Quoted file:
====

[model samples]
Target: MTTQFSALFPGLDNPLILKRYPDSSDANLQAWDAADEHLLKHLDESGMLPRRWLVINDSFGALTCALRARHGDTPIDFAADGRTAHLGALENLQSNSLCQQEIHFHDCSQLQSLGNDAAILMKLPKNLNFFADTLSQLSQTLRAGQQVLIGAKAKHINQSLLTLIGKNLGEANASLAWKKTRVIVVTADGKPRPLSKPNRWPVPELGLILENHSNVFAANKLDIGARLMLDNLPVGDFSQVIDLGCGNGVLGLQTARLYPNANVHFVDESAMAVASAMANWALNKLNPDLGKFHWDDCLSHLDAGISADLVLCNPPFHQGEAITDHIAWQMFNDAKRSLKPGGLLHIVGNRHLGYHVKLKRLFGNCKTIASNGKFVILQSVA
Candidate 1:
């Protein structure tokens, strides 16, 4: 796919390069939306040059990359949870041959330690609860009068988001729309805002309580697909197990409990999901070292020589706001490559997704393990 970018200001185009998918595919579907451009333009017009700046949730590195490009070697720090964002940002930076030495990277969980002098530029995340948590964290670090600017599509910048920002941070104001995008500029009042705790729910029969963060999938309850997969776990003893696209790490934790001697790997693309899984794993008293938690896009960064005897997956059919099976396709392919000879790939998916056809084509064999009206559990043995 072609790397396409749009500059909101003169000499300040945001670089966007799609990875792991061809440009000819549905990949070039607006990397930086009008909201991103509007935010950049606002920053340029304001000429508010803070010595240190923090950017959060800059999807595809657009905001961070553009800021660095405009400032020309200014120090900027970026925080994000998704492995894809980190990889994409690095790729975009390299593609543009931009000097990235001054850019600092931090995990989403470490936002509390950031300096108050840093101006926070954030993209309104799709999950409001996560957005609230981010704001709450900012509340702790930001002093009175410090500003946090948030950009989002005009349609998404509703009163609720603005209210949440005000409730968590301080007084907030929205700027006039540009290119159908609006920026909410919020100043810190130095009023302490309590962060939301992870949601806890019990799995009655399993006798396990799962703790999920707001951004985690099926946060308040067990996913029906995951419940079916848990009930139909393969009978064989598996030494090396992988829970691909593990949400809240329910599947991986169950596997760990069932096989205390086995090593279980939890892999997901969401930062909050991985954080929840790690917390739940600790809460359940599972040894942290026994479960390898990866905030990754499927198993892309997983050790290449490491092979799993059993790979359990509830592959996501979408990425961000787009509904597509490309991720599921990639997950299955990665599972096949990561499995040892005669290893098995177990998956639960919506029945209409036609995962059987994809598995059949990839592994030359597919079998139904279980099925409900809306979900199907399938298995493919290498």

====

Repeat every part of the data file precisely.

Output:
[model samples]
Target: MTTQFSALFPGLDNPLILKRYPDSSDANLQAWDAADEHLLKHLDESGMLPRRWLVINDSFGALTCALRARHGDTPIDFAADGRTAHLGALENLQSNSLCQQEIHFHDCSQLQSLGNDAAILMKLPKNLNFFADTLSQLSQTLRAGQQVLIGAKAKHINQSLLTLIGKNLGEANASLAWKKTRVIVVTADGKPRPLSKPNRWPVPELGLILENHSNVFAANKLDIGARLMLDNLPVGDFSQVIDLGCGNGVLGLQTARLYPNANVHFVDESAMAVASAMANWALNKLNPDLGKFHWDDCLSHLDAGISADLVLCNPPFHQGEAITDHIAWQMFNDAKRSLKPGGLLHIVGNRHLGYHVKLKRLFGNCKTIASNGKFVILQSVA
Candidate 1:
């Protein structure tokens, strides 16, 4: 796919390069939306040059990359949870041959330690609860009068988001729309805002309580697909197990409990999901070292020589706001490559997704393990 970018200001185009998918595919579907451009333009017009700046949730590195490009070697720090964002940002930076030495990277969980002098530029995340948590964290670090600017599509910048920002941070104001995008500029009042705790729910029969963060999938309850997969776990003893696209790490934790001697790997693309899984794993008293938690896009960064005897997956059919099976396709392919000879790939998916056809084509064999009206559990043995 072609790397396409749009500059909101003169000499300040945001670089966007799609990875792991061809440009000819549905990949070039607006990397930086009008909201991103509007935010950049606002920053340029304001000429508010803070010595240190923090950017959060800059999807595809657009905001961070553009800021660095405009400032020309200014120090900027970026925080994000998704492995894809980190990889994409690095790729975009390299593609543009931009000097990235001054850019600092931090995990989403470490936002509390950031300096108050840093101006926070954030993209309104799709999950409001996560957005609230981010704001709450900012509340702790930001002093009175410090500003946090948030950009989002005009349609998404509703009163609720603005209210949440005000409730968590301080007084907030929205700027006039540009290119159908609006920026909410919020100043810190130095009023302490309590962060939301992870949601806890019990799995009655399993006798396990799962703790999920707001951004985690099926946060308040067990996913029906995951419940079916848990009930139909393969009978064989598996030494090396992988829970691909593990949400809240329910599947991986169950596997760990069932096989205390086995090593279980939890892999997901969401930062909050991985954080929840790690917390739940600790809460359940599972040894942290026994479960390898990866905030990754499927198993892309997983050790290449490491092979799993059993790979359990509830592959996501979408990425961000787009509904597509490309991720599921990639997950299955990665599972096949990561499995040892005669290893098995177990998956639960919506029945209409036609995962059987994809598995059949990839592994030359597919079998139904279980099925409900809306979900199907399938298995493919290498």